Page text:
Perhaps the BP legal team was simply focused on future court proceedings and worried about the impact of official comment – sacrificing what it may see as short-term public opinion ratings for a better chance at longer-term survival? But with an estimated $100 billion in liabilities related to the massive oil spill, compared to approximately $260 billion in assets, BP’s solvency seems relatively safe.
The big question financially isn’t so much its liabilities, but whether BP can restore its reputation quickly enough to continue making the huge profits it has in recent years by convincing its internal stakeholders and the world that it deserves a second chance. Doing so will require that BP more fully engage the media and the world, while realizing that a legal perspective is only part of the solution.
Turning an ugly situation around
After playing the legal card almost exclusively for months, including his now-infamous "It depends on what the meaning of the word ‘is’ is", Bill Clinton finally acknowledged his wrongdoing in late 1998 – after more than seven months of denials – and started the long process of rebuilding his damaged reputation.
"I’m having to become quite an expert in this business of asking for forgiveness," said Clinton.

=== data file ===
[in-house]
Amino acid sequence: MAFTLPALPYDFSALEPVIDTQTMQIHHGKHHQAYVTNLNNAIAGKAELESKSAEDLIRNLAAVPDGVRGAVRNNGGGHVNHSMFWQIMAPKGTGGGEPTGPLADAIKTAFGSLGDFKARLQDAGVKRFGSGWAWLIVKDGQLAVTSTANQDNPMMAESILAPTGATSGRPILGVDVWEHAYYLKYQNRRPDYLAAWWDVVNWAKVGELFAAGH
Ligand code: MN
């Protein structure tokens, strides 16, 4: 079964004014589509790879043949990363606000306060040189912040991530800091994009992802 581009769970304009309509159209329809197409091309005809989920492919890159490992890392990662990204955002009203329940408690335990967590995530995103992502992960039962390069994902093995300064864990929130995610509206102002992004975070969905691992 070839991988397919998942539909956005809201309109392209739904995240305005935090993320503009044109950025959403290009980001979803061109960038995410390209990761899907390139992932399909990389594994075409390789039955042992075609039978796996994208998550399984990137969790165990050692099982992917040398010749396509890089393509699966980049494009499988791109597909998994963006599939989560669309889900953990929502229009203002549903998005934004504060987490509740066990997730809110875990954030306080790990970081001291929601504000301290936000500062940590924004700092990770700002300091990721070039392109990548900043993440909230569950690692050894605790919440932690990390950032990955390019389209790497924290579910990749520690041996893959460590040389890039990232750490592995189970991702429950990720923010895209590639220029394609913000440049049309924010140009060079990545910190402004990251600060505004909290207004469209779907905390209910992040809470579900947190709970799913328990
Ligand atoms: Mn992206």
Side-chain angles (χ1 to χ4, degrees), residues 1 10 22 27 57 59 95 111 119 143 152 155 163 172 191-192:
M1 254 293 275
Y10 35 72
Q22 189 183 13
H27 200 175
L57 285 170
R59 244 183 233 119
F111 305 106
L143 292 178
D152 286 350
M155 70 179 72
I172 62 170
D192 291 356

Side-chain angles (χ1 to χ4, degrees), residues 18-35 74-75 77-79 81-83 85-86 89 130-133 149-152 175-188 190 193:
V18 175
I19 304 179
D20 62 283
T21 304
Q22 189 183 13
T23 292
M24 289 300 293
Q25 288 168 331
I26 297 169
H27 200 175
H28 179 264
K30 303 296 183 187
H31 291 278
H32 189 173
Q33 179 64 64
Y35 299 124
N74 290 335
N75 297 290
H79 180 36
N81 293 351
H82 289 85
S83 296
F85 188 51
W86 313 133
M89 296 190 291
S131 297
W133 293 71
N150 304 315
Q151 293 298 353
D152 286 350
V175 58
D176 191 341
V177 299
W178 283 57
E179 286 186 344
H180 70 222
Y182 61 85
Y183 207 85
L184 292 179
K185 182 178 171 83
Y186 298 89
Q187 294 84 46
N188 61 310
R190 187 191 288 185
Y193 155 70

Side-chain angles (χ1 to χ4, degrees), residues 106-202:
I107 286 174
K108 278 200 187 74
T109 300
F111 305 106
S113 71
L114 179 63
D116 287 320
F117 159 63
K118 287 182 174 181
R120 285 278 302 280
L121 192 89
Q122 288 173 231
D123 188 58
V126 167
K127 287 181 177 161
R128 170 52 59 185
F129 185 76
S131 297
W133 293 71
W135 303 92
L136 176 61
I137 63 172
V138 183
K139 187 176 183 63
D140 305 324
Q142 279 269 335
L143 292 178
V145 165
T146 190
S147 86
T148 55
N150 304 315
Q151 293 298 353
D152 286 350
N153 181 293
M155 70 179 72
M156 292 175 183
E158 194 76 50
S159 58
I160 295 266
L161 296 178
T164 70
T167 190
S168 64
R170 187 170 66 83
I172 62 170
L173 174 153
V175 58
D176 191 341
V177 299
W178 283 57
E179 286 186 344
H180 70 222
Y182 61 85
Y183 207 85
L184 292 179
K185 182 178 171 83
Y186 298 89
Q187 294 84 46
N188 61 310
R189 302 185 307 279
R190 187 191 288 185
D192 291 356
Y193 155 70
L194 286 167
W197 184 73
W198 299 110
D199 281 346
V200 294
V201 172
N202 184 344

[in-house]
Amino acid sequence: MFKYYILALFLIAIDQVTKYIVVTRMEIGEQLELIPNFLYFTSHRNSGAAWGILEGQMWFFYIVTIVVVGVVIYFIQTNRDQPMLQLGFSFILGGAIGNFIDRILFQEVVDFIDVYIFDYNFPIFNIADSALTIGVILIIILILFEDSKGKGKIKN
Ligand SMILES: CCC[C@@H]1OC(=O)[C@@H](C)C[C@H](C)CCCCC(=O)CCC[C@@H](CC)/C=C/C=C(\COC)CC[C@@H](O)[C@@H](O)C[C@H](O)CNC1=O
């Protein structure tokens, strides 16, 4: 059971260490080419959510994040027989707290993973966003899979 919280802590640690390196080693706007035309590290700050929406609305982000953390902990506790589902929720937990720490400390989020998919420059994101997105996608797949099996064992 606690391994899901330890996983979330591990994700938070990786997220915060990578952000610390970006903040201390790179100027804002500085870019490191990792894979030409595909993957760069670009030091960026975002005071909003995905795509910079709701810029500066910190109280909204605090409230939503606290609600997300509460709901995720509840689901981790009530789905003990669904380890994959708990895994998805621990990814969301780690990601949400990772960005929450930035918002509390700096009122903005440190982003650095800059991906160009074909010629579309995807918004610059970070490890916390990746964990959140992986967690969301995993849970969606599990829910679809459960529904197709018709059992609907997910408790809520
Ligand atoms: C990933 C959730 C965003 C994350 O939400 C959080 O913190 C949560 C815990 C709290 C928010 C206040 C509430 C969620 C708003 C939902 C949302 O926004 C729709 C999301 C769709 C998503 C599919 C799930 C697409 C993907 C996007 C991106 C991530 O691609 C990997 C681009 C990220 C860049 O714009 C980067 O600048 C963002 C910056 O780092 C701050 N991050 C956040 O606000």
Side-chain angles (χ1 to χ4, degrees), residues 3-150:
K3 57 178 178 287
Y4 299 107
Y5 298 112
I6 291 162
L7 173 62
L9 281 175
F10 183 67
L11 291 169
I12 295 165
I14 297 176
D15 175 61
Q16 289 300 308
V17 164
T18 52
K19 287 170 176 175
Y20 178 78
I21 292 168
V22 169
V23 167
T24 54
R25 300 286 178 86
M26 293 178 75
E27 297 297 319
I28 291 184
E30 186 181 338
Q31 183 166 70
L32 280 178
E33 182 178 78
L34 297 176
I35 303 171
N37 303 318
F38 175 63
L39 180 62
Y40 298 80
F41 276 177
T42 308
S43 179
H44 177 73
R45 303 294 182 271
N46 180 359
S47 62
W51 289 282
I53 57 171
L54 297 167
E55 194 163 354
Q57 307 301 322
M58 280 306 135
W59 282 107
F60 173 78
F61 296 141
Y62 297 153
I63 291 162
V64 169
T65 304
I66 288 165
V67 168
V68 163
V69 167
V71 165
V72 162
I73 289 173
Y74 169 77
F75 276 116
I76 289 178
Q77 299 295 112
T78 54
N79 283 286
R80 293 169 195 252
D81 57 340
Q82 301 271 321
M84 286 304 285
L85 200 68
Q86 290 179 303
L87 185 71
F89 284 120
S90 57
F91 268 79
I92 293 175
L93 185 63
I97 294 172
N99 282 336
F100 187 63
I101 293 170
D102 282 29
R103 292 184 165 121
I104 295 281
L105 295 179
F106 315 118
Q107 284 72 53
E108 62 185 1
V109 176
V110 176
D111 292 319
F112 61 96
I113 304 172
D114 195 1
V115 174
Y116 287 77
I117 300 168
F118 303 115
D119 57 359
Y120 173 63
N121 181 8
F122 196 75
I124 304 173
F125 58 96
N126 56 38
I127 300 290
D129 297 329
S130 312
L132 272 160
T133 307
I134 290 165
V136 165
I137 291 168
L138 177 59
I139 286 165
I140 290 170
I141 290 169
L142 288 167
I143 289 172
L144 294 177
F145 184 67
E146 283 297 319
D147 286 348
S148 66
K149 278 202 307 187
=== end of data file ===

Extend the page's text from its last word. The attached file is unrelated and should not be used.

After the Monica Lewinsky sex scandal, Clinton was able to finish his second term for two reasons – a strong performance by his legal team and, most importantly, because his popularity remained high throughout the crisis and impeachment trial. Without his steady public approval ratings, Democratic senators may not have felt as compelled to support a president so morally tainted. But if the majority of the American people believed in him, then a majority of senators probably felt they should too – allowing him to finish his presidency and go on to become a respected elder statesman.
Corporately, BP is now probably where Clinton was in 1998 – facing a legal battle and one of public opinion as well. BP must face both battles, while allowing its communications team to fully engage – as the White House finally did after many months of denials and obfuscation by the president and his spokespersons.
As the Clinton sex scandals showed, sometimes the ugliest situations can be turned around – even after a very late start. Now several months since the crisis began, BP can continue to consult with legal, but must also provide its spokespersons the freedom to speak – using clear, straight-forward and plain language to communicate to the world.
This may mean facing some embarrassing questions and providing honest answers, but only in doing so will BP earn respect and slowly start to rebuild its tattered reputation. BP faces huge fines and legal liabilities, but fortunately has the assets to survive the financial repercussions. While working with its lawyers, BP must now make public opinion and restoring its corporate reputation its top priority if the company is serious about survival in the long run.
Mark Giles is a senior communications advisor with the Government of Canada’s Privy Council Office – the bureaucratic arm of the Prime Minister’s Office. Currently seconded to Public Safety Canada, he recently completed a 15-month assignment as the department’s director for Vancouver 2010. Disclaimer: This article expresses the author’s personal views, not those of the Canadian Government.mail the author